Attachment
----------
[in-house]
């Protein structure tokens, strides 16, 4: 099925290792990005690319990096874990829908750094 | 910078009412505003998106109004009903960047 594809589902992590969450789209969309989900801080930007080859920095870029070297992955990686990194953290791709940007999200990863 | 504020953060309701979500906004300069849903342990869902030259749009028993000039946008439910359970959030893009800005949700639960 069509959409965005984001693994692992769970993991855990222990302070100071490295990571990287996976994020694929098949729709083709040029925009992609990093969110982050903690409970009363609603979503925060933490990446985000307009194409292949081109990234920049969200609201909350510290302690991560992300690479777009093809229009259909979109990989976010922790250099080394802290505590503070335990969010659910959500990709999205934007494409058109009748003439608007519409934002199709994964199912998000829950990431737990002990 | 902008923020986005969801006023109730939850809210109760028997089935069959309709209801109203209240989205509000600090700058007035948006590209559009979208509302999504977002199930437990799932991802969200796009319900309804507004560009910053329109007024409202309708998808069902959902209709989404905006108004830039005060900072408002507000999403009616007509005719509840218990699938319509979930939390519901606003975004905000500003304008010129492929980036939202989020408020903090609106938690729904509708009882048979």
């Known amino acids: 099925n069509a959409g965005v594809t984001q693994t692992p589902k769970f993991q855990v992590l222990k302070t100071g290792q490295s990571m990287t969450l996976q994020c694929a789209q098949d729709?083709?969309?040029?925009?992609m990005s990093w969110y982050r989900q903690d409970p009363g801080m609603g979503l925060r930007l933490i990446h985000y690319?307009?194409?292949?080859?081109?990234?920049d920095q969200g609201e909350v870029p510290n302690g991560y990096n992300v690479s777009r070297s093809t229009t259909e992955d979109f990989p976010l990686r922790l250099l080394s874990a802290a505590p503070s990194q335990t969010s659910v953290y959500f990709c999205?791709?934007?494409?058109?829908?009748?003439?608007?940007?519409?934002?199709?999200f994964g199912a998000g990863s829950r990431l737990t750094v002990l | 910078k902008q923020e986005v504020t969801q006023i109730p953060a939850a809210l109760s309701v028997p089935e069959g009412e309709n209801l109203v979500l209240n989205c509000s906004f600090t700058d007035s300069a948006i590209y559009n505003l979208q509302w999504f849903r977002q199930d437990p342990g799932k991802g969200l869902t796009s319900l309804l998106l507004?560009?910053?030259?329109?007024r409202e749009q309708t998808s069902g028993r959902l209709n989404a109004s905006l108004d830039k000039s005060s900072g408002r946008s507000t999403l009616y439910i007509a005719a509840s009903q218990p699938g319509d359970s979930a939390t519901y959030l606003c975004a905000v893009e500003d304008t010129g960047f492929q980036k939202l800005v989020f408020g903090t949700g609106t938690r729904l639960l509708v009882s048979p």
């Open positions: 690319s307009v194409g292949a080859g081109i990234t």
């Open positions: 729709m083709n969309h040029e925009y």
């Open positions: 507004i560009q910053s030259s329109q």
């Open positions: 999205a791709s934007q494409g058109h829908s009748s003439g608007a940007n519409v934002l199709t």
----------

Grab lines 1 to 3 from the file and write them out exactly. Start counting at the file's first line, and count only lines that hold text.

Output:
[in-house]
């Protein structure tokens, strides 16, 4: 099925290792990005690319990096874990829908750094 | 910078009412505003998106109004009903960047 594809589902992590969450789209969309989900801080930007080859920095870029070297992955990686990194953290791709940007999200990863 | 504020953060309701979500906004300069849903342990869902030259749009028993000039946008439910359970959030893009800005949700639960 069509959409965005984001693994692992769970993991855990222990302070100071490295990571990287996976994020694929098949729709083709040029925009992609990093969110982050903690409970009363609603979503925060933490990446985000307009194409292949081109990234920049969200609201909350510290302690991560992300690479777009093809229009259909979109990989976010922790250099080394802290505590503070335990969010659910959500990709999205934007494409058109009748003439608007519409934002199709994964199912998000829950990431737990002990 | 902008923020986005969801006023109730939850809210109760028997089935069959309709209801109203209240989205509000600090700058007035948006590209559009979208509302999504977002199930437990799932991802969200796009319900309804507004560009910053329109007024409202309708998808069902959902209709989404905006108004830039005060900072408002507000999403009616007509005719509840218990699938319509979930939390519901606003975004905000500003304008010129492929980036939202989020408020903090609106938690729904509708009882048979």
């Known amino acids: 099925n069509a959409g965005v594809t984001q693994t692992p589902k769970f993991q855990v992590l222990k302070t100071g290792q490295s990571m990287t969450l996976q994020c694929a789209q098949d729709?083709?969309?040029?925009?992609m990005s990093w969110y982050r989900q903690d409970p009363g801080m609603g979503l925060r930007l933490i990446h985000y690319?307009?194409?292949?080859?081109?990234?920049d920095q969200g609201e909350v870029p510290n302690g991560y990096n992300v690479s777009r070297s093809t229009t259909e992955d979109f990989p976010l990686r922790l250099l080394s874990a802290a505590p503070s990194q335990t969010s659910v953290y959500f990709c999205?791709?934007?494409?058109?829908?009748?003439?608007?940007?519409?934002?199709?999200f994964g199912a998000g990863s829950r990431l737990t750094v002990l | 910078k902008q923020e986005v504020t969801q006023i109730p953060a939850a809210l109760s309701v028997p089935e069959g009412e309709n209801l109203v979500l209240n989205c509000s906004f600090t700058d007035s300069a948006i590209y559009n505003l979208q509302w999504f849903r977002q199930d437990p342990g799932k991802g969200l869902t796009s319900l309804l998106l507004?560009?910053?030259?329109?007024r409202e749009q309708t998808s069902g028993r959902l209709n989404a109004s905006l108004d830039k000039s005060s900072g408002r946008s507000t999403l009616y439910i007509a005719a509840s009903q218990p699938g319509d359970s979930a939390t519901y959030l606003c975004a905000v893009e500003d304008t010129g960047f492929q980036k939202l800005v989020f408020g903090t949700g609106t938690r729904l639960l509708v009882s048979p």